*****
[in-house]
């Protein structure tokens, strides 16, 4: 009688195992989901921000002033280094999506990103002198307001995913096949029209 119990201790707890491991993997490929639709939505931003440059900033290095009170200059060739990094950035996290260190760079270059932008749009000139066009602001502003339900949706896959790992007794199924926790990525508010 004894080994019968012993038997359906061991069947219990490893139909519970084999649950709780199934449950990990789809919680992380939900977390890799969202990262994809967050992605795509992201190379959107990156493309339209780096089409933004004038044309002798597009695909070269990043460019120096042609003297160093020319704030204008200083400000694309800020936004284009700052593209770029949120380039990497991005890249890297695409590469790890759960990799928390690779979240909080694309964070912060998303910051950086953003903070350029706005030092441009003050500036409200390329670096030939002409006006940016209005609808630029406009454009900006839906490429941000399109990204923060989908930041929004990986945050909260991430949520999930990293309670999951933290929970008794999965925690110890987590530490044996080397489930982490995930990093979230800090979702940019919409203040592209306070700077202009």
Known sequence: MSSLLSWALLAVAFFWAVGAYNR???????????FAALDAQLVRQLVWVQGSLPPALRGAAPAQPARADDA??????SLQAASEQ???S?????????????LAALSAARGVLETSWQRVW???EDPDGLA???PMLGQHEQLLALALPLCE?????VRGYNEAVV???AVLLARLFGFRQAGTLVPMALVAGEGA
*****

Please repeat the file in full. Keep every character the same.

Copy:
[in-house]
């Protein structure tokens, strides 16, 4: 009688195992989901921000002033280094999506990103002198307001995913096949029209 119990201790707890491991993997490929639709939505931003440059900033290095009170200059060739990094950035996290260190760079270059932008749009000139066009602001502003339900949706896959790992007794199924926790990525508010 004894080994019968012993038997359906061991069947219990490893139909519970084999649950709780199934449950990990789809919680992380939900977390890799969202990262994809967050992605795509992201190379959107990156493309339209780096089409933004004038044309002798597009695909070269990043460019120096042609003297160093020319704030204008200083400000694309800020936004284009700052593209770029949120380039990497991005890249890297695409590469790890759960990799928390690779979240909080694309964070912060998303910051950086953003903070350029706005030092441009003050500036409200390329670096030939002409006006940016209005609808630029406009454009900006839906490429941000399109990204923060989908930041929004990986945050909260991430949520999930990293309670999951933290929970008794999965925690110890987590530490044996080397489930982490995930990093979230800090979702940019919409203040592209306070700077202009």
Known sequence: MSSLLSWALLAVAFFWAVGAYNR???????????FAALDAQLVRQLVWVQGSLPPALRGAAPAQPARADDA??????SLQAASEQ???S?????????????LAALSAARGVLETSWQRVW???EDPDGLA???PMLGQHEQLLALALPLCE?????VRGYNEAVV???AVLLARLFGFRQAGTLVPMALVAGEGA